Preston Wilson 2006 Fleer – Sully Baseball Card of the Day for February 12, 2017


There seem to be a lot of 1986 Mets in my Card of the Day series. Rick Aguilera, Mookie Wilson and Bob Ojeda have been covered. Maybe I missed one. Well here is another member of the 1986 Mets family… in this case literally.

Biologically, Preston Wilson is the nephew of beloved Met Mookie Wilson. But by all measures beyond biology, Mookie is his dad. His biological father was Mookie’s brother, thus being the uncle. But Mookie married Preston’s mom, thus making him the uncle AND the step father.

Are you following this? I have no idea what family gatherings were like at the Wilson household.

He was 12 years old when he saw his dad win a World Series with the Mets in 1986. He was 15 when his dad was traded to Toronto.

Preston grew up in South Carolina and was drafted by the Mets in 1992. This was not a sympathy pick nor a “let’s round out the farm system” selection. He was the 9th pick overall. Derek Jeter went 3 slots ahead of him. Johnny Damon, Shannon Stewart, Jason Kendall and Rick Helling went behind him.

He was a solid prospect in the rebuilding Mets system, launching 30 home runs between A and AA in 1997. By 1998, he was in AAA and about ready to make the club. For a fan base still obsessing over the 1986 World Series, Mookie’s son would be a welcome member of the contending squad of 1998.

Preston Wilson did not disappoint. He went 3 for 4 with an RBI in his first ever game. Not to be outdone, he reached base 4 times in his second game, scoring 3 as he helped the Mets top the Cardinals. It seemed too good to be true.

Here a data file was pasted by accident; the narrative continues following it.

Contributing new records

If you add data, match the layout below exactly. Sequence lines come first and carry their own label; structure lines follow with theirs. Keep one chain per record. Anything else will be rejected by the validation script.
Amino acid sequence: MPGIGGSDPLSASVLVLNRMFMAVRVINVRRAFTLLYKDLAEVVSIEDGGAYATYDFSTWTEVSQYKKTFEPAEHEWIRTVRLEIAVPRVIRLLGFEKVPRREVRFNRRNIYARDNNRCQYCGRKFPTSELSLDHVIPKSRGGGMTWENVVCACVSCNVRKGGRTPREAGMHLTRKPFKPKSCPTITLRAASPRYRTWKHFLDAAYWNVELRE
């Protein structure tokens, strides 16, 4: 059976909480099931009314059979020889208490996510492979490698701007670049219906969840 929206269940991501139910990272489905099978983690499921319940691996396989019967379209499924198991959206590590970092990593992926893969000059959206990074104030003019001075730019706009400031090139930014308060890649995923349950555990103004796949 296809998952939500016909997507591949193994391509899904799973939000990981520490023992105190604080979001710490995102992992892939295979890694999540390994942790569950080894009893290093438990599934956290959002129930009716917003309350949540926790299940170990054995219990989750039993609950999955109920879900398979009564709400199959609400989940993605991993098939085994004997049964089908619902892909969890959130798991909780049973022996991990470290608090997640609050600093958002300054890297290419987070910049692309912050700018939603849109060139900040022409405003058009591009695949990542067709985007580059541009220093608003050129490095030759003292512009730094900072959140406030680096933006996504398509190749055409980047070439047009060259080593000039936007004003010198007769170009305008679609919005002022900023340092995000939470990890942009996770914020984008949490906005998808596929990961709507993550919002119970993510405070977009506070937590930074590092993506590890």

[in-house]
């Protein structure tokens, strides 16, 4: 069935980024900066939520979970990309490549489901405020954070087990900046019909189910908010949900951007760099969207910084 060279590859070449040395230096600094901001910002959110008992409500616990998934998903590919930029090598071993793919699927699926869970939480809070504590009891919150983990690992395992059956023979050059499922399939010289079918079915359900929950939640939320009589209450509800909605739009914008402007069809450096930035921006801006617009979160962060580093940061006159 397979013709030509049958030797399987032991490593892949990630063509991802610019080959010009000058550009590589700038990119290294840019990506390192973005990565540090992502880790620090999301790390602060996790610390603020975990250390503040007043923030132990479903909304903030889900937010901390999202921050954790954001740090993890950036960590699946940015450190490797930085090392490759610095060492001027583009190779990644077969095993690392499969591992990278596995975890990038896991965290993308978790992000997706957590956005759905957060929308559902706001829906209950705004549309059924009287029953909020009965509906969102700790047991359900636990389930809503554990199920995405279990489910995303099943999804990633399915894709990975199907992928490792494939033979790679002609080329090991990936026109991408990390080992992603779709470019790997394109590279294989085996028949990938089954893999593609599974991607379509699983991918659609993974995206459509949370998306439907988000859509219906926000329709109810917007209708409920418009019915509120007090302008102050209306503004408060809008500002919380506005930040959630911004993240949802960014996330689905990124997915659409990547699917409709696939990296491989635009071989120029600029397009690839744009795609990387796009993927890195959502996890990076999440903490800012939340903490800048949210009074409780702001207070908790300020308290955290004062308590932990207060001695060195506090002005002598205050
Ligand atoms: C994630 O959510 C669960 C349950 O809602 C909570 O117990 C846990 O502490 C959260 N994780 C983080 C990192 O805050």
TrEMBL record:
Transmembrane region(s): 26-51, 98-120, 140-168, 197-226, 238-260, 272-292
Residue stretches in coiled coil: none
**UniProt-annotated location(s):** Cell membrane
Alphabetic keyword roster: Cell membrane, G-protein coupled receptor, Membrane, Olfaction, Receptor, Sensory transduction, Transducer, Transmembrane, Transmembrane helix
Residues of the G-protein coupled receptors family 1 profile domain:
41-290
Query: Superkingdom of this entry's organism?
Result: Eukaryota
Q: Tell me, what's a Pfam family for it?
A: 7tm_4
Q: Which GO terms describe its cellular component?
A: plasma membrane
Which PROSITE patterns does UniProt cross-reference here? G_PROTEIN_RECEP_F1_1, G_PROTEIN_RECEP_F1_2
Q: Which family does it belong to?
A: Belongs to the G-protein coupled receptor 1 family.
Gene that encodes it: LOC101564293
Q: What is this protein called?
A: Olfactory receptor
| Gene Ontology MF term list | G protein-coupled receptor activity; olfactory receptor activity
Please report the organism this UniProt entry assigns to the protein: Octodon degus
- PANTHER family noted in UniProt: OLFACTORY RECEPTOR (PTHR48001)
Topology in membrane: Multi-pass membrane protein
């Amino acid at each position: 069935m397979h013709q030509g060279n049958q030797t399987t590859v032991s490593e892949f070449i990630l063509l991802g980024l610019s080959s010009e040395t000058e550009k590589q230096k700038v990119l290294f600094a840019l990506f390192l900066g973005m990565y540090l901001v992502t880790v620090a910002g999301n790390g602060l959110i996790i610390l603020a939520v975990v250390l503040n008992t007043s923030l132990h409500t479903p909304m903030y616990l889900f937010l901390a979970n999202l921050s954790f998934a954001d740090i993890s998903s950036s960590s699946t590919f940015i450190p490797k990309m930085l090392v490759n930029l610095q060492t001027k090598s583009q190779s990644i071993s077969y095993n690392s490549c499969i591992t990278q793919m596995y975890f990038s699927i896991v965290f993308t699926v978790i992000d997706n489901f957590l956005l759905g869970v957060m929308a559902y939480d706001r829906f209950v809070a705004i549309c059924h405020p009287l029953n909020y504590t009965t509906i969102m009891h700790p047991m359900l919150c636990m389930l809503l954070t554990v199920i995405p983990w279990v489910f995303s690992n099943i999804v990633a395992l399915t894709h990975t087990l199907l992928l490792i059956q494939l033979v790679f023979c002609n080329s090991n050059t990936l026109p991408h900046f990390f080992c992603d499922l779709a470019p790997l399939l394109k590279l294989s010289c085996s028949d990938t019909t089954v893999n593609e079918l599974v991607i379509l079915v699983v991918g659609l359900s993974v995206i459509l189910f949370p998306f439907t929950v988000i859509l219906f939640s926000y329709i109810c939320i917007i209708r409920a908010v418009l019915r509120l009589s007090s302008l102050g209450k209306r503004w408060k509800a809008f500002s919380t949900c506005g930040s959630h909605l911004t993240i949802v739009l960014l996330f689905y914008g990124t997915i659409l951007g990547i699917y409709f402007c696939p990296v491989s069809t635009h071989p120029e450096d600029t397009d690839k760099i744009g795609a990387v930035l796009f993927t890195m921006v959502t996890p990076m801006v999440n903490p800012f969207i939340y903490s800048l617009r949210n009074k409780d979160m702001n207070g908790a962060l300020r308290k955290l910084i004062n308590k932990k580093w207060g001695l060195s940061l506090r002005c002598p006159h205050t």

Then he reached base a grand total of once over the next 6 games. He was minor league bound. That was also the end of his time with the Mets.

On May 22, 1998, 15 days after his glorious debut with his dad’s team, Preston Wilson was traded to the Marlins in the deal that brought in a new Mets legend, Mike Piazza.

He played a handful of games for the nominal defending champion Marlins of 1998. In 1999, he played a full season, crushing 26 homers and posting an OPS of .852. He finished second in the Rookie of the Year balloting.

By 2000, as his former team won the pennant, Wilson became a 30 homer 30 stolen baseman, driving in 121 but striking out a league leading 187 times. The Marlins were building something from the ashes of the 1997 purging and Wilson was a part of it.

But by the time the rebuilding came to fruition, Wilson was traded again, this time to the Rockies for Juan Pierre. Pierre was a post season hero for the World Champion Marlins. Wilson led the NL with 141 RBI for an also ran Rockies team.

He spent the next few years bouncing around to different organizations, always with terrible timing. Think about it. He perfectly book ended the two Marlins titles without playing for either one! He was a reverse Jeff Conine.

When Preston Wilson landed in Houston, as shown in this Fleer card wearing a Nationals uni, they were the defending NL Champs but not destined to repeat in 2006. It was not a good match and he was released from the team in August.

The Cardinals needed an outfielder to fill in for the injured Jim Edmonds and Wilson was a low risk option. On August 18, 2016, he played his first game with the Cardinals. He went 2 for 5 with a homer. Five days later he homered again against the Mets.

St. Louis stumbled into the post season where they were clearly going to be overmatched by the NL West Champion Padres. In Game 2 of the Division Series, Wilson got a lead off double in the 4th and came around to score the first of two Cardinals runs that inning. They would win 2-0 and take the series in 4.